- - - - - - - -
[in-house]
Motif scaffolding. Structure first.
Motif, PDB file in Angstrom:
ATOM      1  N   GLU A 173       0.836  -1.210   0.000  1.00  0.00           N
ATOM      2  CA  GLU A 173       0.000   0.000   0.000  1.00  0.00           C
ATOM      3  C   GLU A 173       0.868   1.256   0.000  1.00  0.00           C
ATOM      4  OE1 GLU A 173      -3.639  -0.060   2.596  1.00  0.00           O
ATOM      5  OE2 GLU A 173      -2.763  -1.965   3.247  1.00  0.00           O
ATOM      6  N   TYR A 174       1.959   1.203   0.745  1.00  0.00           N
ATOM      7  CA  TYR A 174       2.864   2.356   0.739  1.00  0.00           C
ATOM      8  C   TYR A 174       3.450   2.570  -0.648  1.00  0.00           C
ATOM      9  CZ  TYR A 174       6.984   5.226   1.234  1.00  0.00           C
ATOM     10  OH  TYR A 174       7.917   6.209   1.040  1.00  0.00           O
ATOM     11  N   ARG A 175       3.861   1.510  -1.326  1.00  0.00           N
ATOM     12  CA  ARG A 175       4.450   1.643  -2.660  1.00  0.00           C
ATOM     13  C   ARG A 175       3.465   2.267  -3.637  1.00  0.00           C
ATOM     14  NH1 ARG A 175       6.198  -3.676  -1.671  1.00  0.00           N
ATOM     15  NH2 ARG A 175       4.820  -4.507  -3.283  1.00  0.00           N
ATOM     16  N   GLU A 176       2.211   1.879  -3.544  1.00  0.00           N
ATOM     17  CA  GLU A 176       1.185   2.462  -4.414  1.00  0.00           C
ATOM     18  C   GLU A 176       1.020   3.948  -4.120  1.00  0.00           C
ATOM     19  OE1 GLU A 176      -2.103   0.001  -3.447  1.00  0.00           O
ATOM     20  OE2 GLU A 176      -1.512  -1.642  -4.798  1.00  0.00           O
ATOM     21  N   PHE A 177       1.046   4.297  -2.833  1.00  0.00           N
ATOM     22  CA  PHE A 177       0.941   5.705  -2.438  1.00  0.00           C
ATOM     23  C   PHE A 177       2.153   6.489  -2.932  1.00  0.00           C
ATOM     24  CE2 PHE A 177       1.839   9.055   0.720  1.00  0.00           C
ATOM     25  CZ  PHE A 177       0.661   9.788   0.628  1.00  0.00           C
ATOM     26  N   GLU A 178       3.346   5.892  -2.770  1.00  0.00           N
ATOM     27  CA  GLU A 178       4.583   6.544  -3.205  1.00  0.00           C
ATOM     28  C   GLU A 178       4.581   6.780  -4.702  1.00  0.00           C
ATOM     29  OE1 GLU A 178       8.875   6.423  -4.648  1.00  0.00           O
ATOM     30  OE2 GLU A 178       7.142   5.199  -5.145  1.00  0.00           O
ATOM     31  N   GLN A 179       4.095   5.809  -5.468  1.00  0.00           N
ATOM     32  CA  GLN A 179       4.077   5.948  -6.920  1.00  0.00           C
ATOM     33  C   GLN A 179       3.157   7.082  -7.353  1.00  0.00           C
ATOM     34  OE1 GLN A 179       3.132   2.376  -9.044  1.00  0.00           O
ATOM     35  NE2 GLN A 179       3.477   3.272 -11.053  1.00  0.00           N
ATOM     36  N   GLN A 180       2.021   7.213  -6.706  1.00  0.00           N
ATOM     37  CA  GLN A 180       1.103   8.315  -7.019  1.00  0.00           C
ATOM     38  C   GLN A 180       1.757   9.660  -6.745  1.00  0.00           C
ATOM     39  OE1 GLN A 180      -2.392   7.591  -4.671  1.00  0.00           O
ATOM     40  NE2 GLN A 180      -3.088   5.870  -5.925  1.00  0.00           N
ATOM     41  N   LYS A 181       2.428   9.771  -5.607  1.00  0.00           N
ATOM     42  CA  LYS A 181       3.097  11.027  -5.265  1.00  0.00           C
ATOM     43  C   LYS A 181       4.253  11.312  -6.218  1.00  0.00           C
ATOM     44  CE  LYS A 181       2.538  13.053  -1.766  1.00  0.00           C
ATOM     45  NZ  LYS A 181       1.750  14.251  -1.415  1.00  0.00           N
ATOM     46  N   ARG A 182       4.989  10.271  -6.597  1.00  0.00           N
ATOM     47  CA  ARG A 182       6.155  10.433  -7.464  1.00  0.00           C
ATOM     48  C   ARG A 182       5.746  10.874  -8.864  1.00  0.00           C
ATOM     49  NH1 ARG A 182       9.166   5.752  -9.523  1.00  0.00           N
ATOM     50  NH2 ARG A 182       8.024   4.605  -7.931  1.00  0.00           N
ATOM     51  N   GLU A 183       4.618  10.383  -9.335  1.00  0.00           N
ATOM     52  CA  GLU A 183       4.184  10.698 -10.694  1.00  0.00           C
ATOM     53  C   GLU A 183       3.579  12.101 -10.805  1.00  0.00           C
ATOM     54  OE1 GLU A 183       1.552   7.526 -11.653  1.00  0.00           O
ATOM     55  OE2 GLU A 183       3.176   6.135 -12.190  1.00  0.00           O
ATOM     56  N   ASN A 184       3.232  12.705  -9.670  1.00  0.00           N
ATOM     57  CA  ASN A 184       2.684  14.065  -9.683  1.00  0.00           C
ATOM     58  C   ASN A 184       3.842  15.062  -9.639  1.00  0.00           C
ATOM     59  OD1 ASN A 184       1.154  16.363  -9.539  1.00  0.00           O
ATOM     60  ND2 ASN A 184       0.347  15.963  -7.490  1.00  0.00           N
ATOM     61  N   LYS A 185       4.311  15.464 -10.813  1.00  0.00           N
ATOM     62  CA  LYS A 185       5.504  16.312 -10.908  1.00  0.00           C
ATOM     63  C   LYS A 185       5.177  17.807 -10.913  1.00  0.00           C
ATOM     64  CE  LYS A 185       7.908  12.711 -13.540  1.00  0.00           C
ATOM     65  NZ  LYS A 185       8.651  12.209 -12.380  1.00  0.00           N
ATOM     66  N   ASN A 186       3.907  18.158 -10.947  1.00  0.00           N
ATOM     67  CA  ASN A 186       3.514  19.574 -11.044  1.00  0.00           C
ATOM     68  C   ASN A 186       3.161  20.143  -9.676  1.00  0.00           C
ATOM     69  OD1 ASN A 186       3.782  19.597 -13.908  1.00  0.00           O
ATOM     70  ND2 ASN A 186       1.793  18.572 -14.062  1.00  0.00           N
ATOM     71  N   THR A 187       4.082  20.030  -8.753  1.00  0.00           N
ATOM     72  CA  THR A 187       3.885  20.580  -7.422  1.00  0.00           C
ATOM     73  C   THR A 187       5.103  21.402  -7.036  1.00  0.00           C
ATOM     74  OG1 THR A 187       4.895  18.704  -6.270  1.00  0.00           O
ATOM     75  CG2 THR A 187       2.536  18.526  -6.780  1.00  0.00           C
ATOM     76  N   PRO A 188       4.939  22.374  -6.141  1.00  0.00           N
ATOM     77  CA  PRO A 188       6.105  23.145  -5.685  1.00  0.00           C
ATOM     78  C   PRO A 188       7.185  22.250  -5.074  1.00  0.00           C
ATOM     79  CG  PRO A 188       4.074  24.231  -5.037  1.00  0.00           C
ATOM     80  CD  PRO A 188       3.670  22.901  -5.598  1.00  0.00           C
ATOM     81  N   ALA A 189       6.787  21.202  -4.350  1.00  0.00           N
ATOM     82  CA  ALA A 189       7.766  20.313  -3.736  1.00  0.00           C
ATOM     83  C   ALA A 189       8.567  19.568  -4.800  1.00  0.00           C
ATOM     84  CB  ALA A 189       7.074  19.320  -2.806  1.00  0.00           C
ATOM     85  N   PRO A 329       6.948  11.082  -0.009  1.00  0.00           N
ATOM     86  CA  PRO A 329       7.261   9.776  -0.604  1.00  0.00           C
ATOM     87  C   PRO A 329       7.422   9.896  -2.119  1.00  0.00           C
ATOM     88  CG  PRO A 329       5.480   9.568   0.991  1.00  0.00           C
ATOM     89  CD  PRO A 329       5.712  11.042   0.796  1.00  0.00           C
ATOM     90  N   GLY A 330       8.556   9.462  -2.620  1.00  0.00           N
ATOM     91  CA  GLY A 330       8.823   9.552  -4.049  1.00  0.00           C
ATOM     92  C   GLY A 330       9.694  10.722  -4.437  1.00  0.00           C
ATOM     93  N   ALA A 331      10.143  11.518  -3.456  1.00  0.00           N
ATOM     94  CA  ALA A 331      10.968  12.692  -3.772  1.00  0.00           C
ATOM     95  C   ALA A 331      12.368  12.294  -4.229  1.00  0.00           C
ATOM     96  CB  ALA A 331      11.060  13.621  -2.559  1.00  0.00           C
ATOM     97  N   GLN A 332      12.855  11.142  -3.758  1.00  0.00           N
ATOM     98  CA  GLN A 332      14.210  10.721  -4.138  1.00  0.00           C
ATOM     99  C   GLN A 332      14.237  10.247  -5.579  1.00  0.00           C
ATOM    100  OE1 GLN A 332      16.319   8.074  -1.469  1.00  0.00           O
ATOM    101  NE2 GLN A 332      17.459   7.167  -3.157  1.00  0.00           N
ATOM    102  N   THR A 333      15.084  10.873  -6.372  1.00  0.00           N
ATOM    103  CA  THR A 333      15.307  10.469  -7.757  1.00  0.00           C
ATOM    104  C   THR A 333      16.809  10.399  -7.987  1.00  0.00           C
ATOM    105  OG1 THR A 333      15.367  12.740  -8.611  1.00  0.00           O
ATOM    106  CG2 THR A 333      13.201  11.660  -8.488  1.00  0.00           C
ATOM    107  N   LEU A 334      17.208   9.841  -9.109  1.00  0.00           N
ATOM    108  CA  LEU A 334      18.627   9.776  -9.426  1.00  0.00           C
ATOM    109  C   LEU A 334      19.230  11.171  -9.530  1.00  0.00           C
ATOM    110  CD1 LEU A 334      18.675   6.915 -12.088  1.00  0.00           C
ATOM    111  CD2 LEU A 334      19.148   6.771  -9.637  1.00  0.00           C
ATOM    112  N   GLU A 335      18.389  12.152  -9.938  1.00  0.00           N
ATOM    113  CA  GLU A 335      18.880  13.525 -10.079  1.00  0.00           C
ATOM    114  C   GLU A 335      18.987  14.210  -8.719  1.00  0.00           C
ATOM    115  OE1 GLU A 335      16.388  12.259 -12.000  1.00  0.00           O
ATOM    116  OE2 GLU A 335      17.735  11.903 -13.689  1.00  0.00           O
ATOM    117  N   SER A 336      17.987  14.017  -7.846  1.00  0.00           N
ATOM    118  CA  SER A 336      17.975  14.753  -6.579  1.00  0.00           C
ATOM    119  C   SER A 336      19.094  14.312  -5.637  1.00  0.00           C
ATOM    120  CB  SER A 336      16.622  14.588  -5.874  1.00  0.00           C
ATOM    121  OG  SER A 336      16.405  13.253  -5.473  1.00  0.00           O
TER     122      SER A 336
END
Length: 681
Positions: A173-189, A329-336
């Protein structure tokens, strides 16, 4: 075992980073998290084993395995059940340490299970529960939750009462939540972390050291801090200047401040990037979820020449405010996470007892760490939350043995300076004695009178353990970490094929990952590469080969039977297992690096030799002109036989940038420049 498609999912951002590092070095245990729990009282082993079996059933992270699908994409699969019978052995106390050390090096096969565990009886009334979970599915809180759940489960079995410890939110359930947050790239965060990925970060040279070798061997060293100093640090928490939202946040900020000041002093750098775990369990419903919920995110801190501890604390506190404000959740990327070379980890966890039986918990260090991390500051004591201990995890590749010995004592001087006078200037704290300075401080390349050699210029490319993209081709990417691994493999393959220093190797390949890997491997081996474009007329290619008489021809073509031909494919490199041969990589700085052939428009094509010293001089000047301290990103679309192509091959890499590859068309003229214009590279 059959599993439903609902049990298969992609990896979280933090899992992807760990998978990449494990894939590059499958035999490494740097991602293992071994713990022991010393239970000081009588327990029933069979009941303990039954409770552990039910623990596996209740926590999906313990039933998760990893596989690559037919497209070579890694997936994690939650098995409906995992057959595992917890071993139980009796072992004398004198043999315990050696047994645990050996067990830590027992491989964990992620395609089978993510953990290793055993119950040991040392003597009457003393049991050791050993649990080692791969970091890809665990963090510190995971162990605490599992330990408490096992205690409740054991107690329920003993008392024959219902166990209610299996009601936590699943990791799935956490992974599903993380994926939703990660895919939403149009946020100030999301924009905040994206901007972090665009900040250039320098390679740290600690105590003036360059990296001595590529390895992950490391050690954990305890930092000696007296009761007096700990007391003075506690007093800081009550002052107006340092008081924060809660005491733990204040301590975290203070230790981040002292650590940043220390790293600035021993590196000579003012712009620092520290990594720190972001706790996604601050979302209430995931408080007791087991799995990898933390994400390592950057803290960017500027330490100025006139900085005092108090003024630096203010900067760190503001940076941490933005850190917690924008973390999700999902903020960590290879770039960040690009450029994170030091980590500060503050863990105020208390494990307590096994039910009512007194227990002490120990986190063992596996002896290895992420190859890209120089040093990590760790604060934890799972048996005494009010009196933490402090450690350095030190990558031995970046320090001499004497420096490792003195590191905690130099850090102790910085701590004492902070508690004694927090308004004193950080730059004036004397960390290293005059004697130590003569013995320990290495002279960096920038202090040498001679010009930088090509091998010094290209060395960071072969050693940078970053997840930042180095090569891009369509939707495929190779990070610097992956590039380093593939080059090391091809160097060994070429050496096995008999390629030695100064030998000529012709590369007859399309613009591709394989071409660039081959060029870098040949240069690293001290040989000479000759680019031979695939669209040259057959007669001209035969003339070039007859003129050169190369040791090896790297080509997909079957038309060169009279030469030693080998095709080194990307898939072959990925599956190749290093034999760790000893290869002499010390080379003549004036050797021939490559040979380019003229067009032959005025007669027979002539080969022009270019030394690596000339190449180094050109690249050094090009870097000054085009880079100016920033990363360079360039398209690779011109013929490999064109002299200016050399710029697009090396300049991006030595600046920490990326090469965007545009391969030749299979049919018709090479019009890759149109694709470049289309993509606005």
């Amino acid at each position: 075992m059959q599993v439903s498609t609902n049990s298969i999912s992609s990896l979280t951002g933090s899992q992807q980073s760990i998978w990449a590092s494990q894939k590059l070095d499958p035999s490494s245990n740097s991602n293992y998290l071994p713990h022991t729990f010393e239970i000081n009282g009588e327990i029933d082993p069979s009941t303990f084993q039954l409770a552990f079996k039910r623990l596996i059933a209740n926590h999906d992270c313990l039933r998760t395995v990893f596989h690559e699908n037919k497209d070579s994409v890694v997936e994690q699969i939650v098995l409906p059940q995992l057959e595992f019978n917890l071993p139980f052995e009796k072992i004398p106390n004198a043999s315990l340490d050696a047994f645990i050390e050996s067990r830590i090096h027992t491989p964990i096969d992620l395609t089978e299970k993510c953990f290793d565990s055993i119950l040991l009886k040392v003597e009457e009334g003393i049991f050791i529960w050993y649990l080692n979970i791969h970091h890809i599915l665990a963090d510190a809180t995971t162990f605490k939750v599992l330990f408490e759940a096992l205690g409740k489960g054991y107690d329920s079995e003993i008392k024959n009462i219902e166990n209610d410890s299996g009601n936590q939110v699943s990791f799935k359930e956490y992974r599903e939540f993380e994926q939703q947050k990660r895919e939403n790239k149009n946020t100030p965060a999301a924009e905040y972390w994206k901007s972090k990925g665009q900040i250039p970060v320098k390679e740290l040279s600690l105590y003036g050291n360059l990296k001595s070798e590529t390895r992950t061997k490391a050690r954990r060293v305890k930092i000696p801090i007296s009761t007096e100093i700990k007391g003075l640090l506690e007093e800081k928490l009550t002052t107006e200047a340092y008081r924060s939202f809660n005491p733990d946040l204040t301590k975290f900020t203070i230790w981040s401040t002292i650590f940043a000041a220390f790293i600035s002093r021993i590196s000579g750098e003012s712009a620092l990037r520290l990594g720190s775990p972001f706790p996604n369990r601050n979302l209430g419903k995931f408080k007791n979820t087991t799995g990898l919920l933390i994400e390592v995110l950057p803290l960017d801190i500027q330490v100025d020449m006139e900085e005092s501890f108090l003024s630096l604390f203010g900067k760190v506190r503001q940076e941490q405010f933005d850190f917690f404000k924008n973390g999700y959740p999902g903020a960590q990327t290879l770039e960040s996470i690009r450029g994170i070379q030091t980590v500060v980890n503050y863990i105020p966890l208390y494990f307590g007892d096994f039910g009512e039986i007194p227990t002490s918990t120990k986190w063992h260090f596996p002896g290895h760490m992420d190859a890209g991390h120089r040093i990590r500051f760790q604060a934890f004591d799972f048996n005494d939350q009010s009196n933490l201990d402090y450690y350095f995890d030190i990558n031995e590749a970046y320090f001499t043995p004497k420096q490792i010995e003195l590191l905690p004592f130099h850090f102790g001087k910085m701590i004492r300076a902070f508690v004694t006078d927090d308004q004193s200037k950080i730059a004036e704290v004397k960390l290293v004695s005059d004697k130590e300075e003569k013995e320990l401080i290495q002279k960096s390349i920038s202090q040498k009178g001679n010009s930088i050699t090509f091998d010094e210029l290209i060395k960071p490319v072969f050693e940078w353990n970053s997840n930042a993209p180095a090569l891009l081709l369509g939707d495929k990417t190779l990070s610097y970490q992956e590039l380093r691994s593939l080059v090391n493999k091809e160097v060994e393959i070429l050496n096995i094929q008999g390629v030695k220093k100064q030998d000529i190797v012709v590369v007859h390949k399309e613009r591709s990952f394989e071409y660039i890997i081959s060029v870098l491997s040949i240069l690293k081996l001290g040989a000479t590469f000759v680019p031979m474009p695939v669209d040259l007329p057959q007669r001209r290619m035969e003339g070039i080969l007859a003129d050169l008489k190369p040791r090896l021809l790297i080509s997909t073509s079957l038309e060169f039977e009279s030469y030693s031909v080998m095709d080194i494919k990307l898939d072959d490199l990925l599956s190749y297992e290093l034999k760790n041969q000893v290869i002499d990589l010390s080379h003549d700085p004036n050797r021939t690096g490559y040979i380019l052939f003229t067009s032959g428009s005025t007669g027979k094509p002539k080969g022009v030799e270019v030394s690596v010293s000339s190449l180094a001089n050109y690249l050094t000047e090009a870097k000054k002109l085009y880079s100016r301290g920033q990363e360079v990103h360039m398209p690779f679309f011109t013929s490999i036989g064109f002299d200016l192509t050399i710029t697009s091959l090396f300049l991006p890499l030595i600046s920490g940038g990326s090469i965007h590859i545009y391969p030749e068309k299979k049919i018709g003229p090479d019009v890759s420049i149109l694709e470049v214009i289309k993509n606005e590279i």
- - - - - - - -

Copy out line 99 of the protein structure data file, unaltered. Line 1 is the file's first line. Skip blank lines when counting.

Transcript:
ATOM     96  CB  ALA A 331      11.060  13.621  -2.559  1.00  0.00           C